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Published: Wednesday, 11/14/2012

Do’s and don’ts for winter prep

BY KELLY HEIDBREDER
GET GROWING

With winter on its way, many gardeners drain the hoses, pack away the tomato cages, and tuck the shovels back in the corner of the garage. We’ve had a few beautiful windows of opportunity to get the rest of the garden put away for the winter, with temperatures bouncing around from the low 40s up into the high 60s.

Composting

Take a hint from the farmers around you. They are busy preparing their fields for the spring. You can do the same thing. Get the debris chopped up in the veggie patch and till it into the garden. This will give you a head start on a couple of things for next spring. Your soil will be easier to till because you have already started the process this fall and it will have a boost of gourmet food, since you let the leftovers decompose in the soil to create nutritious compost over the winter.

If you don’t have anything left in your vegetable patch to till, use the leaves and other green debris from your yard. You can also toss a few bags of composted manure into your vegetable garden to give your plants an extra boost for next season. Spread these around the vegetable patch, then use your rototiller to mix it all up for the winter.

Think of it as a long flat bag of compost. You may have created other bags of homemade compost from your grass clippings and leaves around the yard. Those bags need to be rolled around a few times before they break down enough to become compost. So will the leftovers in your vegetable patch.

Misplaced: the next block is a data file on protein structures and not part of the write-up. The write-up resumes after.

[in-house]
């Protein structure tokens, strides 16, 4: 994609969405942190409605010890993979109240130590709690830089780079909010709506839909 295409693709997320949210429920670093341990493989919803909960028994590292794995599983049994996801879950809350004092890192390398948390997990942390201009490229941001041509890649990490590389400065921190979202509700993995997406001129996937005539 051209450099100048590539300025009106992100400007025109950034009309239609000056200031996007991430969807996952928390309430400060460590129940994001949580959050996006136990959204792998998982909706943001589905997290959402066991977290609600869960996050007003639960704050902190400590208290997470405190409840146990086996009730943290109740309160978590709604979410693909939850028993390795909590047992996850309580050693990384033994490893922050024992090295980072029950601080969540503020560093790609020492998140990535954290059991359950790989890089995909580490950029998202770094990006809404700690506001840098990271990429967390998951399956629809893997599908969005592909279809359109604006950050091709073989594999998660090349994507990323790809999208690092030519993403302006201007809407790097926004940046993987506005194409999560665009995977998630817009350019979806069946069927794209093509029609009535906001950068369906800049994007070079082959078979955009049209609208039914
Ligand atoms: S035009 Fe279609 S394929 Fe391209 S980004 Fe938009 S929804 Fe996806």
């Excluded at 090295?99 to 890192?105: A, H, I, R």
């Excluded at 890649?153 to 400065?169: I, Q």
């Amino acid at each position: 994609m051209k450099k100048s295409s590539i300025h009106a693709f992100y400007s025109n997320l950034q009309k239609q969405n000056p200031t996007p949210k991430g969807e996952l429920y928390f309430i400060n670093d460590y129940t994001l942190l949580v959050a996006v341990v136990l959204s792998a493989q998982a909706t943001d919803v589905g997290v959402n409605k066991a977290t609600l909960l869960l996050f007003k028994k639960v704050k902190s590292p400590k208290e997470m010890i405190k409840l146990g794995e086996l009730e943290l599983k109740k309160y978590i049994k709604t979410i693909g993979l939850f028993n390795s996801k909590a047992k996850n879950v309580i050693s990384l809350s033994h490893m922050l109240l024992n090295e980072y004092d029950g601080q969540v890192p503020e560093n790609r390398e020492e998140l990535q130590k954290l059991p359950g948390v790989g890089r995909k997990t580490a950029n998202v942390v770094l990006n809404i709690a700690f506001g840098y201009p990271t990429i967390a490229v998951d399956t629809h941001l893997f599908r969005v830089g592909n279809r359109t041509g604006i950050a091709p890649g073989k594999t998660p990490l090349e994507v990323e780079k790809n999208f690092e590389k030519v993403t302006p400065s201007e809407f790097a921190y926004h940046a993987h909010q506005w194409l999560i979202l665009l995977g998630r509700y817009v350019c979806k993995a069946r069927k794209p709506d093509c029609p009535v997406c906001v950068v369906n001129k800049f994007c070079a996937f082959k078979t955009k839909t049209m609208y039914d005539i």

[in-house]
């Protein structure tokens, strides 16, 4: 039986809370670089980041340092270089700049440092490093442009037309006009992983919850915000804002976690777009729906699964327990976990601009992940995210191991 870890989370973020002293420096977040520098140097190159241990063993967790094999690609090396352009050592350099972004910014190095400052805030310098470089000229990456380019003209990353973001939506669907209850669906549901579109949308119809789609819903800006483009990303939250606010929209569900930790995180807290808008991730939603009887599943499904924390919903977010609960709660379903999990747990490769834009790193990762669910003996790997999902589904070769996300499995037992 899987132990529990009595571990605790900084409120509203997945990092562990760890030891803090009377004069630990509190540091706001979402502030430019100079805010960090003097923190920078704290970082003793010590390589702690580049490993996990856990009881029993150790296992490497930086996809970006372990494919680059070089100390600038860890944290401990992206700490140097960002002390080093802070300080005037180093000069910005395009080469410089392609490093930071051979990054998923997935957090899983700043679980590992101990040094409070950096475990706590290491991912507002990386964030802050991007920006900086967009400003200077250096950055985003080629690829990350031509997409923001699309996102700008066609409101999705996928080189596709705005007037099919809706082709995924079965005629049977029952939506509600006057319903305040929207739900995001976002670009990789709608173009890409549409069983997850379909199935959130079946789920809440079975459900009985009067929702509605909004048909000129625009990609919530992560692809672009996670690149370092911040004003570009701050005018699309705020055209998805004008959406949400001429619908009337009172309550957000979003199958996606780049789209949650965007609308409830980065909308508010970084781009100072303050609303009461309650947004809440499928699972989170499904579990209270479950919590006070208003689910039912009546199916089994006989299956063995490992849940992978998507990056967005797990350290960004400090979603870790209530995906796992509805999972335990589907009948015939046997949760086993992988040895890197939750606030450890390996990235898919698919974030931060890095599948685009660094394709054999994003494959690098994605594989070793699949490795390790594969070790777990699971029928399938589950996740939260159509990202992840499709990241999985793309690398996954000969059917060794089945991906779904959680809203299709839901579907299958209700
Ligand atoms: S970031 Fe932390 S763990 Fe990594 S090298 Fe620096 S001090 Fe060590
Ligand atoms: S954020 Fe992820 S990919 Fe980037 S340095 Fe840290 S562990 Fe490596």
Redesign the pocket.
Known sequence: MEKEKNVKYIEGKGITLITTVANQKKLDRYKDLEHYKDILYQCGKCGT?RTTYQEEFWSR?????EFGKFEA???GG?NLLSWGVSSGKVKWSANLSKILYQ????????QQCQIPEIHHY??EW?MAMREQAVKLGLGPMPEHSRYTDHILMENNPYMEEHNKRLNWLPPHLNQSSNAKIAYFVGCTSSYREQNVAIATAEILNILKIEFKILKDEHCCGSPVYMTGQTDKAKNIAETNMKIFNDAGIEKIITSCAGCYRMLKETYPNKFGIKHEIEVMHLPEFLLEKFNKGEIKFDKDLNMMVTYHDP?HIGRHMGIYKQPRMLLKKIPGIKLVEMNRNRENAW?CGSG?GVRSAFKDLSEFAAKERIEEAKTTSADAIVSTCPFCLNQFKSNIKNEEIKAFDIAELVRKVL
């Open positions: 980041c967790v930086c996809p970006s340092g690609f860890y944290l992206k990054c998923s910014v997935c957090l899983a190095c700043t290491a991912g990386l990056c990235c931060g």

What stays

We are whipping around with the weed trimmer and pruners, cutting things back for the winter, but there are some things that can stay. Those long, tall ornamental grasses are beautiful in the winter and can be cut back in the spring. Hellebores like Christmas rose, Lenten rose and Bearsfoot hellebores will be beautiful bursts of color in the winter months.

Ground covers like pachysandra and ivy will stick around through the cold temperatures. Other plants like Jack-in-the-pulpit are providing a big supply of berries for the birds. Other perennials like Russian sage, astilbe, yarrow and sedum can also be great late fall show offs in your landscape.

Since we have had a few mornings zapped with frost, you have seen some of your annuals and perennials get mushy and turn black. That is their way of going dormant. They need to go, so just cut off the brown and black parts and toss them on the compost pile. As you go through each flower bed around your landscape, prune out any damaged parts or diseased branches. It is a good idea to keep an alcohol swab or two with you to clean the pruners between cuts just to be sure you aren’t spreading disease from one plant to another.

High winds have helped us do some pruning on the high trees above. I know it really helped get rid of the last of my nuts and leaves in the trees around my yard. The chipmunks and squirrels have been having a huge party tucking all of them away for the winter. Pick up all of the sticks around your yard and save some of the bigger ones off to the side. These could be used as stakes around large perennials if you need to protect them from wind damage and wrap them with burlap before winter.

Contact Kelly Heidbreder at getgrowing@gmail.com.



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